7. I don’t like that Bedroom 2 is facing the main street. Also it’s very small.

  • Leo

    This is not a horrible house; merely a mediocre one. I think what Louis has illustrated is that there is a big difference between good and mediocre design. What I find curious is why he can knock of his version of the plan in less than a day, while some other so called “professional” didn’t bother to refine his plan and proceeded to actually build this half-baked idea.

  • Steve


    I think Louis, Terri, and MJ have captured the big issues here. The first clue for me that there might be wasted space is that this is a 1800 sf TWO-bedroom home (although I think that included the garage.

    Inspired by Louis’ plan — and his ability to flip north for south :) — I also attempted the impossible and decided to convince the client to exchange one of the garage stalls for a street-facing entry and extra bedroom. I’m not completely happy with the long foyer, but I tried to open it to the ceiling and light with a narrow band of clerestory window the full length of the house. There might be better ways to handle that.

    Any way, here it is. And thanks again, John, for your dedication to the SH studio, even in your absence!

  • Steve


    I need to watch that file size. Here it is, and it includes a very rough sketch of an elevation.

  • Steve


    Variation on the theme, with the 3 bedrooms and 2 bathrooms as a block. The study is on the north wall open to the living room around the fireplace wall.

  • Grace

    Love the redos. I’m out of the country . . . er . . . given the bi-national team, i should say away from the continent, but when i can, i lurk and stay connected.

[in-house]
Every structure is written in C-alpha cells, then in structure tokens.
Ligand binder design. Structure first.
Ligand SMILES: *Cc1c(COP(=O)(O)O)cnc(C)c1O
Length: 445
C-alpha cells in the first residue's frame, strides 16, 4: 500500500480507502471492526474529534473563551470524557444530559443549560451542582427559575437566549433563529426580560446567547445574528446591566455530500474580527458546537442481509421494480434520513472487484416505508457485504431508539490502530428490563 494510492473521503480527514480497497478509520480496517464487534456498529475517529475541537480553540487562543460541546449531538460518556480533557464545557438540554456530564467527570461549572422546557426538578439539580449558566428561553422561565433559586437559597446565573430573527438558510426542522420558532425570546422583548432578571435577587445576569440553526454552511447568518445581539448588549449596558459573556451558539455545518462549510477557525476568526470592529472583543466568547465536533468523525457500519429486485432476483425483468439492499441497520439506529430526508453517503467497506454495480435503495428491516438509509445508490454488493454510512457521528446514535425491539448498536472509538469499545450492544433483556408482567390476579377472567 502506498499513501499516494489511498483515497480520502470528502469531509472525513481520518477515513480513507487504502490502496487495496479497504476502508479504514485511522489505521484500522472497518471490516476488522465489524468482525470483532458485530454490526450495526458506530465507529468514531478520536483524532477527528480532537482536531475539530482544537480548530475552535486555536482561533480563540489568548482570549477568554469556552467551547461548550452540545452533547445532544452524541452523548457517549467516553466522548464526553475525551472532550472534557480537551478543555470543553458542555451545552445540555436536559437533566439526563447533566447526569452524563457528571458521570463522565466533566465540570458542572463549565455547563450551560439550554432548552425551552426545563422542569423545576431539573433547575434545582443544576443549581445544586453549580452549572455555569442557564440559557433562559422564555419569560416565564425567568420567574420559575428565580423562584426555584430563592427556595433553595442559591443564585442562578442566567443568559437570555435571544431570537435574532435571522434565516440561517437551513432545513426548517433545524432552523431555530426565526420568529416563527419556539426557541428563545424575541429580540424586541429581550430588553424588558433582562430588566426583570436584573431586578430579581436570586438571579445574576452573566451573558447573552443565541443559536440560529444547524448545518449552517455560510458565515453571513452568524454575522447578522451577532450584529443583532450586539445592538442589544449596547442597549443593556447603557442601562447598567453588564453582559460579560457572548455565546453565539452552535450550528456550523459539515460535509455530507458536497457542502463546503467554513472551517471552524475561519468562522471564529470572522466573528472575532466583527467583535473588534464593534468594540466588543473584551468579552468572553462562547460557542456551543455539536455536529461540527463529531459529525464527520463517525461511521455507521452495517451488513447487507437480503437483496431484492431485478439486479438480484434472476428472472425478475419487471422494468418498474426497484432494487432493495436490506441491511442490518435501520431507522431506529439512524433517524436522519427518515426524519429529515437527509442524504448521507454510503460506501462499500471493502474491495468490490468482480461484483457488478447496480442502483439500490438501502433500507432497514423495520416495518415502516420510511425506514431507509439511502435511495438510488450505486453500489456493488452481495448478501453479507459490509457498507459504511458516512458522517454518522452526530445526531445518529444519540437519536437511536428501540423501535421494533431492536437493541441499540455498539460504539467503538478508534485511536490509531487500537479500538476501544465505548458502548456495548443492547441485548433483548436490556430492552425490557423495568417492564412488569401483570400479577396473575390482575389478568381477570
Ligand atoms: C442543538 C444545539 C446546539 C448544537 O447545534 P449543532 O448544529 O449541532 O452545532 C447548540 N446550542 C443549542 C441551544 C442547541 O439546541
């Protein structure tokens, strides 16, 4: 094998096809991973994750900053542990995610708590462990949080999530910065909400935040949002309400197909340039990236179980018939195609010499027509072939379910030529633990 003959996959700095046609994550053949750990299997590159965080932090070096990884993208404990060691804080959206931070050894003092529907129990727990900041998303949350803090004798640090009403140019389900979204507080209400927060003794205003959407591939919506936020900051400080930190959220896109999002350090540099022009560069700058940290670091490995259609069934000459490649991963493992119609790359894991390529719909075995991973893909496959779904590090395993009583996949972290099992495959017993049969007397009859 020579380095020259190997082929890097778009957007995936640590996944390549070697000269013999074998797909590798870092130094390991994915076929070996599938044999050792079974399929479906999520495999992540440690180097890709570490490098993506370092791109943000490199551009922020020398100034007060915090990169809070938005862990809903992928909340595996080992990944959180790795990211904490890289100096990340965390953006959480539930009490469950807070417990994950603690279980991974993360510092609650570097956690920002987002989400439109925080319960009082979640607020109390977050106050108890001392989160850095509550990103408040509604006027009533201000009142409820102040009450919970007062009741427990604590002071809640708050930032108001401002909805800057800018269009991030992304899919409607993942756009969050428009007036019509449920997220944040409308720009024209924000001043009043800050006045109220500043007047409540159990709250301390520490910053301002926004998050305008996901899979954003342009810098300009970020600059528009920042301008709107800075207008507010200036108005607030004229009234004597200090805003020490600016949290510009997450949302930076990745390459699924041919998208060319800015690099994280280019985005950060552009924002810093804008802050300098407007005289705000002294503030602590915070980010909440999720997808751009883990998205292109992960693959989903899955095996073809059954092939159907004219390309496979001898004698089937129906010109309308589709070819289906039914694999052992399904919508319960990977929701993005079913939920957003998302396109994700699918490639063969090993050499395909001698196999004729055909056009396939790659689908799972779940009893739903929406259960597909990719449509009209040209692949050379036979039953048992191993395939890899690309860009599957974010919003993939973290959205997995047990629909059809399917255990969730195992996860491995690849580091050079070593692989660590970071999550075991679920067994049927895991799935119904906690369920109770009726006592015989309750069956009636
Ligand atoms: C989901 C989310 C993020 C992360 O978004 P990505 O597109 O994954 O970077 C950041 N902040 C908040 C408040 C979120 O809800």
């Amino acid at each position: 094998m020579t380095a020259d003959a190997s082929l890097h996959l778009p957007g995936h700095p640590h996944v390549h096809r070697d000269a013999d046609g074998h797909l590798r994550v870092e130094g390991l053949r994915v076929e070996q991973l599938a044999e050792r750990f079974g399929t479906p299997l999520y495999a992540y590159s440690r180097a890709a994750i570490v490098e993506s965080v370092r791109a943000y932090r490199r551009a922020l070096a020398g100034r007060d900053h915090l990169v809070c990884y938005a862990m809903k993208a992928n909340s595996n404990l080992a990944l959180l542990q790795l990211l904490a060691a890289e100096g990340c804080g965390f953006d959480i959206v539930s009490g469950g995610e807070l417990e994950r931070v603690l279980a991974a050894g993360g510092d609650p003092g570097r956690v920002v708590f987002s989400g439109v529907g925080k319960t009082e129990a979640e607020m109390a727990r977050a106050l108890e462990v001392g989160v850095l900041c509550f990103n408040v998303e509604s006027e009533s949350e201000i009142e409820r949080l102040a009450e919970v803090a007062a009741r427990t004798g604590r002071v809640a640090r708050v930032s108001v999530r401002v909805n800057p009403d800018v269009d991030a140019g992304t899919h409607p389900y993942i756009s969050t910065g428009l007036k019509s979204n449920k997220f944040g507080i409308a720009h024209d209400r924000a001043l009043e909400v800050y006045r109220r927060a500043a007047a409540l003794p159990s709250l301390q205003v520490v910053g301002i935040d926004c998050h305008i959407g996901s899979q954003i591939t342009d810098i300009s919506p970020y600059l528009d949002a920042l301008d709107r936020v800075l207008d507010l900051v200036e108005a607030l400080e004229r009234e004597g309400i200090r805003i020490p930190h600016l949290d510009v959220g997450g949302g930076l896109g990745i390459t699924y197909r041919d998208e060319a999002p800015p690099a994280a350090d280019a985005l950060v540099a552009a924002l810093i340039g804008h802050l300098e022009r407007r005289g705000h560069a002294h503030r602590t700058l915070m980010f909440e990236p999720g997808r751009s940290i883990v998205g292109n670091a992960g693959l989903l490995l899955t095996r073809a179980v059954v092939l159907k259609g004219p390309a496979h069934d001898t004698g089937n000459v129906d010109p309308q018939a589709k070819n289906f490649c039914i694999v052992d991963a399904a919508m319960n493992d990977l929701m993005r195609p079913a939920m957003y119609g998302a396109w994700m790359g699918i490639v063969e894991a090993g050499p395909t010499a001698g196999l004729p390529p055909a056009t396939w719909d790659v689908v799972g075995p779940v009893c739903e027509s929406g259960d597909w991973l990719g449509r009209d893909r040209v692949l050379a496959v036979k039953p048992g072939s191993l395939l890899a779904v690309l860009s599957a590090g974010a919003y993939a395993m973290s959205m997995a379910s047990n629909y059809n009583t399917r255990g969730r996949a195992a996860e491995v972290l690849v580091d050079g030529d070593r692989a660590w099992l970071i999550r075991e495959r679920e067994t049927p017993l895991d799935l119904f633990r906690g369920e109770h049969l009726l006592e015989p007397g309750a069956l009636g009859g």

• Louis Pereira


    Steve – Nicely done!…You’ve even managed to gain an extra bedroom. I wonder how a ‘consumer’ would approach your plan vs. the 2 garage version.

    One consideration i would make (on your elevation – the first elevation submitted i think on Slow Home) is reverse the roof forms, so there is more importance on the living areas rather than on the garage. Also ,the roof overhang could extend over the entire entrance sheltering you and visitors when you enter the house. The roof extension can be supported by a vertical column on a concrete base (seat) or planter to divide the drive way from a separate entry walk, (which is a more civilized way to approach a front entry door to a residence than skirting by vehicles parked on the drive way)

  • Doug Roberts

    Louis — Given the orientation of the house, your suggestion to Steve to reverse the roof forms would have the added advantage of causing the clerestory windows to face East, towards the welcome morning sun, rather than West, towards the potentially harsh late afternoon/evening sun. On the other hand, instead of facing towards the kitchen, dining and living areas, the clerestory windows would then be facing towards the west wall of the centre hallway and its bank of cupboards and closets, and would therefore only provide indirect light to the kitchen, dining and living areas.

  • Terri

    Very nice and efficient renovation plan. Louis’s change to the roofline is also a nice refinement. The question is, will a single-car garage fly in Louisiana? Maybe one of these days…

  • Steve


    Louis’ suggestion is bang-on, a huge improvement on the elevation and porch. Thanks! Doug is also right – switching the clerestory to the other side has a less helpful impact inside. Perhaps a raised flat roof – ala Fred Hollingsworth (1949, pictured) or Wright’s Usonian precendents – would be a good alternative.

    In any event, some kind of raised roof allows for the introduction of light to the interior of the plan, which a long house like this – boxed in on either side – would really benefit from. A spine of skylights down the center might accomplish the same thing. I suppose it all depends on what kind of roof it already has – not knowing this, I felt free to experiment. :) Thanks for the good suggestions, all!